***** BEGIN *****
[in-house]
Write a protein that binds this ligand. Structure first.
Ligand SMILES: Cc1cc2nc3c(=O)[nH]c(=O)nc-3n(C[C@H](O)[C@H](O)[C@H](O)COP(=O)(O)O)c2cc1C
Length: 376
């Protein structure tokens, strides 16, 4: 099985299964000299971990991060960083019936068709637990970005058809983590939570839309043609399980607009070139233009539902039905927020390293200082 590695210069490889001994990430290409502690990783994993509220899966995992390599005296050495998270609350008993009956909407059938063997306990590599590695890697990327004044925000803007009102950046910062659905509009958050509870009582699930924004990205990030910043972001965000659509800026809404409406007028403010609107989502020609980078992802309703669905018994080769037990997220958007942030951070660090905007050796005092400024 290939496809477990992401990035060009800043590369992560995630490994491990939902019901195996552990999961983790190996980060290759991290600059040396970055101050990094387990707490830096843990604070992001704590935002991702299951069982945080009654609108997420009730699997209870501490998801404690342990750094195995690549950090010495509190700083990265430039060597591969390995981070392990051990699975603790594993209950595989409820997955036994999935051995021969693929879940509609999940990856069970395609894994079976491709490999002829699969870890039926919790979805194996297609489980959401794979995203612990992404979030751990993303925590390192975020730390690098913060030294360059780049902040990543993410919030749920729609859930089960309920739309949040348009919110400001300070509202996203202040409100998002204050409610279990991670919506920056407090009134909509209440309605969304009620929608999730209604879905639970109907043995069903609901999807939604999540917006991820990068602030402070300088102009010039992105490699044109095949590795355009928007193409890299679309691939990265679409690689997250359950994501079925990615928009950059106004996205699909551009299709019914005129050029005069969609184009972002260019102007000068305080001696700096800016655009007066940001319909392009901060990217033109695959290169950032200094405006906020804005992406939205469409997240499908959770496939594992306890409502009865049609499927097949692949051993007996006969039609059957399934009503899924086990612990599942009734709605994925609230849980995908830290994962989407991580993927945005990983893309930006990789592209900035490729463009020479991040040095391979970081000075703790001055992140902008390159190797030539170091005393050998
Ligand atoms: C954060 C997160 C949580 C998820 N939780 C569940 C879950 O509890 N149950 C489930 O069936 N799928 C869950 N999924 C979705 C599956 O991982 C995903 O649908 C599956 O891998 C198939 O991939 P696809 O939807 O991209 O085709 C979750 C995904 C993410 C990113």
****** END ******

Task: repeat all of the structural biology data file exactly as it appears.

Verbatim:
[in-house]
Write a protein that binds this ligand. Structure first.
Ligand SMILES: Cc1cc2nc3c(=O)[nH]c(=O)nc-3n(C[C@H](O)[C@H](O)[C@H](O)COP(=O)(O)O)c2cc1C
Length: 376
């Protein structure tokens, strides 16, 4: 099985299964000299971990991060960083019936068709637990970005058809983590939570839309043609399980607009070139233009539902039905927020390293200082 590695210069490889001994990430290409502690990783994993509220899966995992390599005296050495998270609350008993009956909407059938063997306990590599590695890697990327004044925000803007009102950046910062659905509009958050509870009582699930924004990205990030910043972001965000659509800026809404409406007028403010609107989502020609980078992802309703669905018994080769037990997220958007942030951070660090905007050796005092400024 290939496809477990992401990035060009800043590369992560995630490994491990939902019901195996552990999961983790190996980060290759991290600059040396970055101050990094387990707490830096843990604070992001704590935002991702299951069982945080009654609108997420009730699997209870501490998801404690342990750094195995690549950090010495509190700083990265430039060597591969390995981070392990051990699975603790594993209950595989409820997955036994999935051995021969693929879940509609999940990856069970395609894994079976491709490999002829699969870890039926919790979805194996297609489980959401794979995203612990992404979030751990993303925590390192975020730390690098913060030294360059780049902040990543993410919030749920729609859930089960309920739309949040348009919110400001300070509202996203202040409100998002204050409610279990991670919506920056407090009134909509209440309605969304009620929608999730209604879905639970109907043995069903609901999807939604999540917006991820990068602030402070300088102009010039992105490699044109095949590795355009928007193409890299679309691939990265679409690689997250359950994501079925990615928009950059106004996205699909551009299709019914005129050029005069969609184009972002260019102007000068305080001696700096800016655009007066940001319909392009901060990217033109695959290169950032200094405006906020804005992406939205469409997240499908959770496939594992306890409502009865049609499927097949692949051993007996006969039609059957399934009503899924086990612990599942009734709605994925609230849980995908830290994962989407991580993927945005990983893309930006990789592209900035490729463009020479991040040095391979970081000075703790001055992140902008390159190797030539170091005393050998
Ligand atoms: C954060 C997160 C949580 C998820 N939780 C569940 C879950 O509890 N149950 C489930 O069936 N799928 C869950 N999924 C979705 C599956 O991982 C995903 O649908 C599956 O891998 C198939 O991939 P696809 O939807 O991209 O085709 C979750 C995904 C993410 C990113």